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The Sims x A Billion: Sea Urchin Embryonic Development Fully Modeled by Computer

Researchers at Caltech have created the first predictive computer model of a living embryo, mapping the genetic development of a sea urchin in the first 30 hours of it’s life. While a model over that time span will miss big events like the urchin’s high school graduation and the heartbreak of its first divorce, it will capture the development of it’s heart and skeleton, which are pretty important too. The work, reported in the journal Proceedings of the National Academy of Science opens the door to creating predictive computer models for other organisms down the road, and learning more about the very first moments of development, when cells are still learning what to be from the simplest available genetic roadmap.

The Caltech team has been studying sea urchins for years, looking at the networks of genes that activate and deactivate during embryonic development. To digitize their work, they painstakingly translated the information they’ve gathered over the years into a series of Boolean operators — for example, if gene X is turned on, gene Y is turned off. Repeating this process for the roughly 50 regulatory genes that turn on and off during embryonic development, they crafted a digital version of the embryonic urchin.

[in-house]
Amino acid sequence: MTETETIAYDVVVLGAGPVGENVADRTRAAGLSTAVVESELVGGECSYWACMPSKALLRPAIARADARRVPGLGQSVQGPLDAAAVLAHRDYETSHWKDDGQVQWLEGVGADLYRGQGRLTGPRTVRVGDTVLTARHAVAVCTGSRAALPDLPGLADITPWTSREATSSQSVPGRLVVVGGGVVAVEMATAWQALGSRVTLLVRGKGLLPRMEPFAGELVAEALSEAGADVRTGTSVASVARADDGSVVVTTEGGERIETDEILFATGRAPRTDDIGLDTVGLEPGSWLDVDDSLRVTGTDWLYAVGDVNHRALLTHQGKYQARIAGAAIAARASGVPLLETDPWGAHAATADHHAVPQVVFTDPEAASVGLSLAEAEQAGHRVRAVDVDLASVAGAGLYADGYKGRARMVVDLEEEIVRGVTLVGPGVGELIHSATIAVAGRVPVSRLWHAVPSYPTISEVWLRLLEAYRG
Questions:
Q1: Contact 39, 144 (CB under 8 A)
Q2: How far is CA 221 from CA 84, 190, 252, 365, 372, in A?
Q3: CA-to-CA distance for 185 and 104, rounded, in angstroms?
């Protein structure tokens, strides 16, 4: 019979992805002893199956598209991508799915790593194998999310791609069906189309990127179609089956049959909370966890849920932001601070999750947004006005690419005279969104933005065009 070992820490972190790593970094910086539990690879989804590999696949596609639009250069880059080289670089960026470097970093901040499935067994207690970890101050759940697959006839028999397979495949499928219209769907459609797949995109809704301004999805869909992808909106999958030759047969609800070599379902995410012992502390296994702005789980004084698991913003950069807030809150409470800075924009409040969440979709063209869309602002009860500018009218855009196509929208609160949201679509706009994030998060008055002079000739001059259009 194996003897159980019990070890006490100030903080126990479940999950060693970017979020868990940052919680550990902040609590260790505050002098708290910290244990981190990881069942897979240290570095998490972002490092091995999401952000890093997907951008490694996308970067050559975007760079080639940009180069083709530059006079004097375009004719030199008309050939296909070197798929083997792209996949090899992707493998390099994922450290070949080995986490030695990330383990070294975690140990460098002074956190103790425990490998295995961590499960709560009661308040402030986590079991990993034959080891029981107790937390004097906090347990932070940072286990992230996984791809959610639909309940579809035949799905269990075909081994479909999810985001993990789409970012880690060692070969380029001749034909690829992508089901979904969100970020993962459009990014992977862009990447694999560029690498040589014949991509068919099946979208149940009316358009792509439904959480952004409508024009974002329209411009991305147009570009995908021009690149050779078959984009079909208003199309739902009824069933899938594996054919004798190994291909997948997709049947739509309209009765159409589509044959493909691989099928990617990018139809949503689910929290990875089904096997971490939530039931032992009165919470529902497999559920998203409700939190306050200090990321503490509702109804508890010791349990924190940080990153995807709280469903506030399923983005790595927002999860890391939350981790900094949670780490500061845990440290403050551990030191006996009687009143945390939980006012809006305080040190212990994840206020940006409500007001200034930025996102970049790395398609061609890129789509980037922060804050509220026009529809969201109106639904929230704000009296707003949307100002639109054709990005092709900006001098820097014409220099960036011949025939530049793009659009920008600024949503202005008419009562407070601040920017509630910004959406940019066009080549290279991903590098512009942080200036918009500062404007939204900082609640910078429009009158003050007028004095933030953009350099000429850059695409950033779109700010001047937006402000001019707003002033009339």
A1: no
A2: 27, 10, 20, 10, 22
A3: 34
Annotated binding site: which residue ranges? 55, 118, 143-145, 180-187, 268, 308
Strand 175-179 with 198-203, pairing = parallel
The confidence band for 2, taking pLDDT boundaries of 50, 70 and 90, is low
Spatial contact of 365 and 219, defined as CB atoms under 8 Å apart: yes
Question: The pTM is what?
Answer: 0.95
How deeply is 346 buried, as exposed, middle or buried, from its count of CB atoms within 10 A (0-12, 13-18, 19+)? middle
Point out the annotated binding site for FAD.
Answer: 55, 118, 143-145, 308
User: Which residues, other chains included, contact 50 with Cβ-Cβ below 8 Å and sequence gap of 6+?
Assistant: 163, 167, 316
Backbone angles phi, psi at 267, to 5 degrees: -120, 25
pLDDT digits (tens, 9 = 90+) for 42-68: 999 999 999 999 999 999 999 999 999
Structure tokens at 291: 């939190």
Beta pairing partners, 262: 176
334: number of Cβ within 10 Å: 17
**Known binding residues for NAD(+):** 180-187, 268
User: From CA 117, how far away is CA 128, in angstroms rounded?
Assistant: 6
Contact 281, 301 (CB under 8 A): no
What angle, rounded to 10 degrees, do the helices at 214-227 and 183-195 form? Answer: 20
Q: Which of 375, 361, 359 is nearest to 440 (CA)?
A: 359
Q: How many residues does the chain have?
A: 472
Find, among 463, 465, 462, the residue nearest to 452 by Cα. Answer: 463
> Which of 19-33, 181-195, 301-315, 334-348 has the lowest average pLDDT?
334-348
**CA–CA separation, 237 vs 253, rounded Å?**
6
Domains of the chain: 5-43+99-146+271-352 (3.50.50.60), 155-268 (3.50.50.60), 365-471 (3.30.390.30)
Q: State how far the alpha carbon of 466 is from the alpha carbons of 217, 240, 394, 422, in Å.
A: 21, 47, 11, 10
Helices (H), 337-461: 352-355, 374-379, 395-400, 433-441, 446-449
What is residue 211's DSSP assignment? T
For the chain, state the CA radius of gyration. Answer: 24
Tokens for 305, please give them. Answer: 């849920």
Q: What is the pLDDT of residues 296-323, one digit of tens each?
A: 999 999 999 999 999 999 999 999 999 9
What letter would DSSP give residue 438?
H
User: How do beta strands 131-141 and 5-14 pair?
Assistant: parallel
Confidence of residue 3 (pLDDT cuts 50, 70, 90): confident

While there are still a few bugs to be ironed out, the computer model created by these blueprints looks very much like an early stage urchin embryo. Tinkering with the genes of the model — suppressing a gene during development, for example — provides the same results in the model that the team’s work has previously shown in actual embryos suggesting that scientists have truly cracked the code of how to make a sea urchin from scratch.

Urchins make a great first step in this work because they are extensively studied and well understood. Though they may seem pretty simple creatures — amounting largely to a mouth with a whole lot of hands for putting food inside of it — they also have a lot of the same basic moving parts that we do, like the gut, skeleton and immune system. Now that the embryo model is mostly sorted, it seems like a matter of time and effort before the team can put together a model of the full lifespan of the urchin.That will allow researchers to speed up their experiments, working virtually on whole organisms rather than on flesh and blood models for the first time.

(via ScienceDaily)

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